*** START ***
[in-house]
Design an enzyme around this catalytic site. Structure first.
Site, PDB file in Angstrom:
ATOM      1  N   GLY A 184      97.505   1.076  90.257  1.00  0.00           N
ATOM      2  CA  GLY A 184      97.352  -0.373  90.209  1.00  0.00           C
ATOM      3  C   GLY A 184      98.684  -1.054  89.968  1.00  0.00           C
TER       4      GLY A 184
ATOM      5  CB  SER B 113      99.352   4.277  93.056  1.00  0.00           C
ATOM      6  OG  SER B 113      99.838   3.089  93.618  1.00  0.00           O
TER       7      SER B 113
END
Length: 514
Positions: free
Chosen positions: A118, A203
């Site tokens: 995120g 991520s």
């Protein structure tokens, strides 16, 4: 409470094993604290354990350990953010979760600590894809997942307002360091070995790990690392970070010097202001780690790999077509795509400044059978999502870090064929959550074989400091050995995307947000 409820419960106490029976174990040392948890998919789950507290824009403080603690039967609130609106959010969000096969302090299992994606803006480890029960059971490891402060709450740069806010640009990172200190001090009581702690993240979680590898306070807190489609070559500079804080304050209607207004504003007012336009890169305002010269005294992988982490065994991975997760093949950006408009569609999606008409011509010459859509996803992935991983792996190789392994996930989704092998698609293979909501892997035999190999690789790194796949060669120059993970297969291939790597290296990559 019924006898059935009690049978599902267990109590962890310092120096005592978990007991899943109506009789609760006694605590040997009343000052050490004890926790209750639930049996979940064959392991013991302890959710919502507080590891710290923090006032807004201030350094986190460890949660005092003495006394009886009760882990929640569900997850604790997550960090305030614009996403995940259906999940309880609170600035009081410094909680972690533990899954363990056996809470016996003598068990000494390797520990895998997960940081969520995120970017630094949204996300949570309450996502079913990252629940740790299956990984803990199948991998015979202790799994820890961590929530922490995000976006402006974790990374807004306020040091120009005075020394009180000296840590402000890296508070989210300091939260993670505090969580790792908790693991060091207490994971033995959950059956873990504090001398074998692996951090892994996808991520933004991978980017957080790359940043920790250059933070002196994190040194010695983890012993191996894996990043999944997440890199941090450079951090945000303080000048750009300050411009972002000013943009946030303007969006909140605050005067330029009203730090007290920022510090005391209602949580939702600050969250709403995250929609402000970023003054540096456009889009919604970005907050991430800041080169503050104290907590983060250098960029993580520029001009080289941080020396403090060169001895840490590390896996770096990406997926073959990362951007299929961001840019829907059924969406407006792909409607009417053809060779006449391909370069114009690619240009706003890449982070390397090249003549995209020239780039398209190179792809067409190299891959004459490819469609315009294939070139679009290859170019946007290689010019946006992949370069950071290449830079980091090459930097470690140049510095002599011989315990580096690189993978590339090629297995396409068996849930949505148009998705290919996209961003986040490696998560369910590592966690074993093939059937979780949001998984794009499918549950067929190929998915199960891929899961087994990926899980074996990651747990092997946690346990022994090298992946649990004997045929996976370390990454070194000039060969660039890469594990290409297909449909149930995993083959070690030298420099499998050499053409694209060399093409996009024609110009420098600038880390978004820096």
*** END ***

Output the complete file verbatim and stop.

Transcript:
[in-house]
Design an enzyme around this catalytic site. Structure first.
Site, PDB file in Angstrom:
ATOM      1  N   GLY A 184      97.505   1.076  90.257  1.00  0.00           N
ATOM      2  CA  GLY A 184      97.352  -0.373  90.209  1.00  0.00           C
ATOM      3  C   GLY A 184      98.684  -1.054  89.968  1.00  0.00           C
TER       4      GLY A 184
ATOM      5  CB  SER B 113      99.352   4.277  93.056  1.00  0.00           C
ATOM      6  OG  SER B 113      99.838   3.089  93.618  1.00  0.00           O
TER       7      SER B 113
END
Length: 514
Positions: free
Chosen positions: A118, A203
């Site tokens: 995120g 991520s």
């Protein structure tokens, strides 16, 4: 409470094993604290354990350990953010979760600590894809997942307002360091070995790990690392970070010097202001780690790999077509795509400044059978999502870090064929959550074989400091050995995307947000 409820419960106490029976174990040392948890998919789950507290824009403080603690039967609130609106959010969000096969302090299992994606803006480890029960059971490891402060709450740069806010640009990172200190001090009581702690993240979680590898306070807190489609070559500079804080304050209607207004504003007012336009890169305002010269005294992988982490065994991975997760093949950006408009569609999606008409011509010459859509996803992935991983792996190789392994996930989704092998698609293979909501892997035999190999690789790194796949060669120059993970297969291939790597290296990559 019924006898059935009690049978599902267990109590962890310092120096005592978990007991899943109506009789609760006694605590040997009343000052050490004890926790209750639930049996979940064959392991013991302890959710919502507080590891710290923090006032807004201030350094986190460890949660005092003495006394009886009760882990929640569900997850604790997550960090305030614009996403995940259906999940309880609170600035009081410094909680972690533990899954363990056996809470016996003598068990000494390797520990895998997960940081969520995120970017630094949204996300949570309450996502079913990252629940740790299956990984803990199948991998015979202790799994820890961590929530922490995000976006402006974790990374807004306020040091120009005075020394009180000296840590402000890296508070989210300091939260993670505090969580790792908790693991060091207490994971033995959950059956873990504090001398074998692996951090892994996808991520933004991978980017957080790359940043920790250059933070002196994190040194010695983890012993191996894996990043999944997440890199941090450079951090945000303080000048750009300050411009972002000013943009946030303007969006909140605050005067330029009203730090007290920022510090005391209602949580939702600050969250709403995250929609402000970023003054540096456009889009919604970005907050991430800041080169503050104290907590983060250098960029993580520029001009080289941080020396403090060169001895840490590390896996770096990406997926073959990362951007299929961001840019829907059924969406407006792909409607009417053809060779006449391909370069114009690619240009706003890449982070390397090249003549995209020239780039398209190179792809067409190299891959004459490819469609315009294939070139679009290859170019946007290689010019946006992949370069950071290449830079980091090459930097470690140049510095002599011989315990580096690189993978590339090629297995396409068996849930949505148009998705290919996209961003986040490696998560369910590592966690074993093939059937979780949001998984794009499918549950067929190929998915199960891929899961087994990926899980074996990651747990092997946690346990022994090298992946649990004997045929996976370390990454070194000039060969660039890469594990290409297909449909149930995993083959070690030298420099499998050499053409694209060399093409996009024609110009420098600038880390978004820096």